Read the full post over at Sistah Vegan.


cradle to cradle design

Cradle-to-cradle design. Source: rapanuiclothing.com

Consume less. Live small. Leave no footprint.

A lot of people in vegan/natural living circles strive for these things, and find them noble endeavors. Being the contrarian that I am, I want to challenge that. I don’t want to consume “less”; I want to consume until I am satisfied. I don’t want to live “small”; want to live fully. My footprint may be shallow or deep, depending on how much I weigh, but they’re the inevitable result of being a living being in a living world.

I’m not just trying to be contrarian, though. I want to talk about why “less” is “better”: is it because we as a species recognize an inherent evil inside ourselves that we must keep contained, minimized, so that it cannot hurt others? Is it because we enjoy self-flagellation?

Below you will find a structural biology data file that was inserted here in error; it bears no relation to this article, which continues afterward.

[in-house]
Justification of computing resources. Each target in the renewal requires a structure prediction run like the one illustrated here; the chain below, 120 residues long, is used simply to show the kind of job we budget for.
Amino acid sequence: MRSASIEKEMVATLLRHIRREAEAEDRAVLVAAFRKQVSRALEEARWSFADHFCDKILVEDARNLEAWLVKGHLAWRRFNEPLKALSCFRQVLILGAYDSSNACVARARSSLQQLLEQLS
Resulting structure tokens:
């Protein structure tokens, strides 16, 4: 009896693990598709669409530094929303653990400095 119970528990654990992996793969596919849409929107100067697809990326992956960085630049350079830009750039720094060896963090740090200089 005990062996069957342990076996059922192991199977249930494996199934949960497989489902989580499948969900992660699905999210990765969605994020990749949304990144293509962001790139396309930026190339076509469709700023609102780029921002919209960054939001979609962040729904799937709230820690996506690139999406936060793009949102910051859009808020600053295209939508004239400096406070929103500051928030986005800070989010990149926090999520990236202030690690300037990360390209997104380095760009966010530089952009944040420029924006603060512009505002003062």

I don’t always take my cues from nature (I crap in a porcelain bowl, for example), but if we look around us, we don’t really see the rest of the universe operating on a “less is better” mantra. In fact, excess and redundancy is everywhere. A tree doesn’t produce “just enough” leaves to catch sunlight: it grows an abundance of leaves so it can capture more sunlight so it can grow more leaves within its capacity. Some of these “excess” leaves become food for herbivores. And when the tree is done with those leaves, they fall and become food for the microorganisms living in the dirt. A lion doesn’t kill the smallest possible animal with the exact amount of calories it needs: he chases and kills the gazelle, eats what he needs from it, and whatever left over is what vultures and other scavengers survive off of. A star doesn’t burn exactly the amount of elements it needs to continue self-sustain…and the excess light and heat makes for a lovely planet like the one we happen to be living on.